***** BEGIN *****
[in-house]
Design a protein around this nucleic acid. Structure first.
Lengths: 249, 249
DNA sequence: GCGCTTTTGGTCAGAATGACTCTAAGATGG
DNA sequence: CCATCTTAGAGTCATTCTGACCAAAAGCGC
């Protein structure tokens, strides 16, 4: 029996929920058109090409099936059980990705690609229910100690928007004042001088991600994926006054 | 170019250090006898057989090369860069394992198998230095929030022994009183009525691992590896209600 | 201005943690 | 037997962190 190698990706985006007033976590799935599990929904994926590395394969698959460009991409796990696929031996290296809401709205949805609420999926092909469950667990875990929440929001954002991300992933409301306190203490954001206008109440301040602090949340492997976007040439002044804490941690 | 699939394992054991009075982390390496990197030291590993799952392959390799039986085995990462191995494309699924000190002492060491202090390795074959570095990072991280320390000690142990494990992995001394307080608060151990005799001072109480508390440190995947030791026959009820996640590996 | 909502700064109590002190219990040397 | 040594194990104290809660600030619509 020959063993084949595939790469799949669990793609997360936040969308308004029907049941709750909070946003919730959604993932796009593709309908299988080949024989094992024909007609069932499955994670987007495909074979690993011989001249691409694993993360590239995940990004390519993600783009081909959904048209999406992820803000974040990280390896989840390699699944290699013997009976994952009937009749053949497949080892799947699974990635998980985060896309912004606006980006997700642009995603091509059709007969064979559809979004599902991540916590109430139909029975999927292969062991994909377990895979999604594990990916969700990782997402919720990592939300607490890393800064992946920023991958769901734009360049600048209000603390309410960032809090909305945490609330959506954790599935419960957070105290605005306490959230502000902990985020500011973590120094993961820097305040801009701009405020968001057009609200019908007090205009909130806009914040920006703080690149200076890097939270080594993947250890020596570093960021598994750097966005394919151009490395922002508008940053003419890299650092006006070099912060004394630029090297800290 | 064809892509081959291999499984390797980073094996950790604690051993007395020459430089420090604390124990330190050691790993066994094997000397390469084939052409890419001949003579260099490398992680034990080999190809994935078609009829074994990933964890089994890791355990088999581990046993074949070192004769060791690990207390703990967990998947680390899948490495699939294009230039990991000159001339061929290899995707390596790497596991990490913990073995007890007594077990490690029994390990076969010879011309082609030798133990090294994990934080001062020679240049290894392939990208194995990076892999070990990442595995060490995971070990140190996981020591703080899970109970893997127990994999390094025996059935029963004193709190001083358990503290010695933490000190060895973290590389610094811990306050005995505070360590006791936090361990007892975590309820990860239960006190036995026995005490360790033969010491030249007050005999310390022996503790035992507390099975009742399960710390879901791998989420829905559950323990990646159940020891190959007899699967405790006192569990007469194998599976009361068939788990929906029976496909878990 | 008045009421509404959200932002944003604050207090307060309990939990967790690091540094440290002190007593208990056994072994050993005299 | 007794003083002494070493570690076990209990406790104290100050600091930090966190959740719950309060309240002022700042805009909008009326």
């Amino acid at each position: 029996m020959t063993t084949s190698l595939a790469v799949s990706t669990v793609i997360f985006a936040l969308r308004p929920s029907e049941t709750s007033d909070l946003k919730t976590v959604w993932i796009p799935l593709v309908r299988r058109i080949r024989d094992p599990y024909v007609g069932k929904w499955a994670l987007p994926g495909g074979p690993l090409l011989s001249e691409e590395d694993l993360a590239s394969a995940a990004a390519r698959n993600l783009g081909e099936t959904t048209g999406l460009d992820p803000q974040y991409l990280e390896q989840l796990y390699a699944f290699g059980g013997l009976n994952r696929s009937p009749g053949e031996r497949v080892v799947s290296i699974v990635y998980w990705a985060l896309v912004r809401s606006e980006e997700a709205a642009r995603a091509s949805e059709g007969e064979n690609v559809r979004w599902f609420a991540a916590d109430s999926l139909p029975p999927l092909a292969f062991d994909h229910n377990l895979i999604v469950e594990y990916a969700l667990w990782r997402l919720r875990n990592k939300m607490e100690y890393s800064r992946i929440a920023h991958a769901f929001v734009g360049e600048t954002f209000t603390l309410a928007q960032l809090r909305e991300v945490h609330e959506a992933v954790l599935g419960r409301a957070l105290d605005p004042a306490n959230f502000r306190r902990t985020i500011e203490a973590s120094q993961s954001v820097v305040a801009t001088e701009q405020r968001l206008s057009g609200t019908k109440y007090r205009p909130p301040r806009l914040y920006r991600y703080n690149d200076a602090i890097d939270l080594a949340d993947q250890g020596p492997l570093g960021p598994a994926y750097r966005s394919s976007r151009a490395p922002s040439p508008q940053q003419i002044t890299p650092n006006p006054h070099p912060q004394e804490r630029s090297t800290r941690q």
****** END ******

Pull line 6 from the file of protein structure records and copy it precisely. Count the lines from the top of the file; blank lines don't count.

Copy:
């Protein structure tokens, strides 16, 4: 029996929920058109090409099936059980990705690609229910100690928007004042001088991600994926006054 | 170019250090006898057989090369860069394992198998230095929030022994009183009525691992590896209600 | 201005943690 | 037997962190 190698990706985006007033976590799935599990929904994926590395394969698959460009991409796990696929031996290296809401709205949805609420999926092909469950667990875990929440929001954002991300992933409301306190203490954001206008109440301040602090949340492997976007040439002044804490941690 | 699939394992054991009075982390390496990197030291590993799952392959390799039986085995990462191995494309699924000190002492060491202090390795074959570095990072991280320390000690142990494990992995001394307080608060151990005799001072109480508390440190995947030791026959009820996640590996 | 909502700064109590002190219990040397 | 040594194990104290809660600030619509 020959063993084949595939790469799949669990793609997360936040969308308004029907049941709750909070946003919730959604993932796009593709309908299988080949024989094992024909007609069932499955994670987007495909074979690993011989001249691409694993993360590239995940990004390519993600783009081909959904048209999406992820803000974040990280390896989840390699699944290699013997009976994952009937009749053949497949080892799947699974990635998980985060896309912004606006980006997700642009995603091509059709007969064979559809979004599902991540916590109430139909029975999927292969062991994909377990895979999604594990990916969700990782997402919720990592939300607490890393800064992946920023991958769901734009360049600048209000603390309410960032809090909305945490609330959506954790599935419960957070105290605005306490959230502000902990985020500011973590120094993961820097305040801009701009405020968001057009609200019908007090205009909130806009914040920006703080690149200076890097939270080594993947250890020596570093960021598994750097966005394919151009490395922002508008940053003419890299650092006006070099912060004394630029090297800290 | 064809892509081959291999499984390797980073094996950790604690051993007395020459430089420090604390124990330190050691790993066994094997000397390469084939052409890419001949003579260099490398992680034990080999190809994935078609009829074994990933964890089994890791355990088999581990046993074949070192004769060791690990207390703990967990998947680390899948490495699939294009230039990991000159001339061929290899995707390596790497596991990490913990073995007890007594077990490690029994390990076969010879011309082609030798133990090294994990934080001062020679240049290894392939990208194995990076892999070990990442595995060490995971070990140190996981020591703080899970109970893997127990994999390094025996059935029963004193709190001083358990503290010695933490000190060895973290590389610094811990306050005995505070360590006791936090361990007892975590309820990860239960006190036995026995005490360790033969010491030249007050005999310390022996503790035992507390099975009742399960710390879901791998989420829905559950323990990646159940020891190959007899699967405790006192569990007469194998599976009361068939788990929906029976496909878990 | 008045009421509404959200932002944003604050207090307060309990939990967790690091540094440290002190007593208990056994072994050993005299 | 007794003083002494070493570690076990209990406790104290100050600091930090966190959740719950309060309240002022700042805009909008009326």